What is VDP or the Voluntary Disclosure Program?
VDP or Voluntary Disclosure Program is a plan of the CRA or the Canada Revenue Agency. In this program, taxpayers in Canada can correct or make changes to the tax they have already filed. They can also reveal information that has not been provided to the CRA before while they were filing their tax return. It’s like giving taxpayers a second chance of coming forward on their own and amending the return filed because there would be no penalty on the taxes owed or criminal prosecution. But please note that in some instances, additional penalty can still be charged, even after the VDP application is considered valid by the Canada Revenue Agency.
The information published by the CRA is often contradictory about the penalty relief. This often confuses taxpayers who are thinking of opting for the Voluntary Disclosure Program.
This is what the CRA states…
"If the CRA accepts a disclosure as having met the conditions set out in this policy, it will be considered a valid disclosure and the taxpayer will not be charged penalties or prosecuted with respect to disclosure. And on the other hand, it states in the same publication that .the Minister does not have to grant relief under the VDP provisions. Each request will be reviewed and decided on its own merit. If relief is denied or partly granted, the CRA will provide the taxpayer with an explanation of the reasons and factors for the decision."
It’s essential to get consult a professional tax lawyer. Of course, you’ll not want to be accepted into the Voluntary Disclosure Program and later told by the CRA that the penalty charges would be waived off just partially. And there are instances where the penalty is not waived at all too.
Rotfeisch & Samulovitch can tell you what you can expect from your dealings with the CRA. A professional tax lawyer at our firm can tell you whether it is good for you to be a part of the Voluntary Disclosure Program at all. And of course, we are going to defend your rights while we are representing you in all dealings with the CRA.
Rotfeisch & Samulovitch serves both self-employed individuals and businesses. Initial e-mail or phone response is free. So here’s your opportunity to get all your questions and concerns answered. All consultations are completely confidential whether you finally choose us or not.
Voluntary Disclosure Program Disclosures
According to the Voluntary Disclosure Program, disclosures can be made for excise taxes, income tax filings, source deductions, excise duties under the EA 2001, ATSCA and SLPECA charges, and GST/HST filings. Canadian taxpayers will have to still make all necessary payments, and interest charged to the CRA. But there will be no criminal prosecution. You might also not have to pay any penalty, often if you are professionally represented. In some instances, the CRA might allow partial relief on the interest charges.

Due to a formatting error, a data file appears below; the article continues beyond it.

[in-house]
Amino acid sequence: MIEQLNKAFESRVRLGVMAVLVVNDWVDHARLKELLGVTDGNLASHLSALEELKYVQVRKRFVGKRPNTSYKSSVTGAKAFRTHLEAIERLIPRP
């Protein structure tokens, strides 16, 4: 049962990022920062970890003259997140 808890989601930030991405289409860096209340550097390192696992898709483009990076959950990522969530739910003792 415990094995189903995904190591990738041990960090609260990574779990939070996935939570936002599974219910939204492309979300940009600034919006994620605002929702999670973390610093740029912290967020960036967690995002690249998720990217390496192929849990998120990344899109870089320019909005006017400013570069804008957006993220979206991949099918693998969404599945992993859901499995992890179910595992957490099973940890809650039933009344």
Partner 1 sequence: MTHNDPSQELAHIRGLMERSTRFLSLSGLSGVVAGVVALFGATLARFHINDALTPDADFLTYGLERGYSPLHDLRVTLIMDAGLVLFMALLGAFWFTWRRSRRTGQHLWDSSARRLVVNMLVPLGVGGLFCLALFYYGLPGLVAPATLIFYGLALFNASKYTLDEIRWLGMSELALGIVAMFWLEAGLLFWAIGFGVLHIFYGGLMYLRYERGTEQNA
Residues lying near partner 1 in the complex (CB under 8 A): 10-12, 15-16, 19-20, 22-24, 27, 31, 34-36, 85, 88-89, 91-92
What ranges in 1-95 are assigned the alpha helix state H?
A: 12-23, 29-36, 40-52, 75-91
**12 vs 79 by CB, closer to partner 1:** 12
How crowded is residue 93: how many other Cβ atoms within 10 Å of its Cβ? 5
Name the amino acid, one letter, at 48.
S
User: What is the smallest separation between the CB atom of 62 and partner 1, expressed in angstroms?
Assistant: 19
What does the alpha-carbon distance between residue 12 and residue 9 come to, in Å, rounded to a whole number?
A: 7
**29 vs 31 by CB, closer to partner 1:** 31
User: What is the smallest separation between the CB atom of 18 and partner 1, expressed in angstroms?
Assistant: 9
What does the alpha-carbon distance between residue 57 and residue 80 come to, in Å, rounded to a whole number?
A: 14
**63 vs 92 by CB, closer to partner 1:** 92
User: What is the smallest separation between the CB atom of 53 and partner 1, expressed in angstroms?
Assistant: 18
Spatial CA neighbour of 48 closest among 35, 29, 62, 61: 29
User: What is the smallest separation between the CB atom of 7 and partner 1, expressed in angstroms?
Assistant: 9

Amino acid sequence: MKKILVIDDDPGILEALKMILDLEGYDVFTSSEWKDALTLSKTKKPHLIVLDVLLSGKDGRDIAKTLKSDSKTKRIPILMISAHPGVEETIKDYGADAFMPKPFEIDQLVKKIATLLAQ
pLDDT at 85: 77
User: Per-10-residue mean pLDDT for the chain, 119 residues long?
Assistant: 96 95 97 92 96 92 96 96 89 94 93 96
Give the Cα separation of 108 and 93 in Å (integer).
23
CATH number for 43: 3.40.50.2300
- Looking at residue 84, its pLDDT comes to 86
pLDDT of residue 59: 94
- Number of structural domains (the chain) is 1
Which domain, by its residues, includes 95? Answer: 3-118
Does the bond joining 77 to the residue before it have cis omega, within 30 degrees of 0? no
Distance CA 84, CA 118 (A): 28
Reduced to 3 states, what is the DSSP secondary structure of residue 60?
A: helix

Does The CRA Accept All Voluntary Disclosure Program Applications?
No. CRA does not accept all VDP applications. You’ll have to meet some requirements for the CRA to accept the disclosure you are making, and for you to benefit from the no criminal charges or penalties clause. However, this depends on the specific authorized VDP agent. In other words, that person is going to decide whether you have met all the requirements and whether your application is going to be accepted or not.
Is There Any Time-Limit for Providing Information and Documentation for the Disclosure, So That the Application Is Not Rejected?
You'll have a 90-day time limit. It begins with the EDD or the Effective Date of Disclosure. This is the day when the CRA has received the completed and signed Form RC199, the VDP Agreement, or the date on which you had sent the information in Form RC199 as a letter to the CRA, duly signed by you or your authorized representative.
You may ask for an extension in writing though if you need it. This should be done to the Assistant Director of the Enforcement Division of the Tax Services Office (TSO).
"These articles provide information of a general nature only. It is only current at the posting date. It is not updated and it may no longer be current. It does not provide legal advice nor can it or should it be relied upon. All tax situations are specific to their facts and will differ from the situations in the articles. If you have specific legal questions you should consult a lawyer."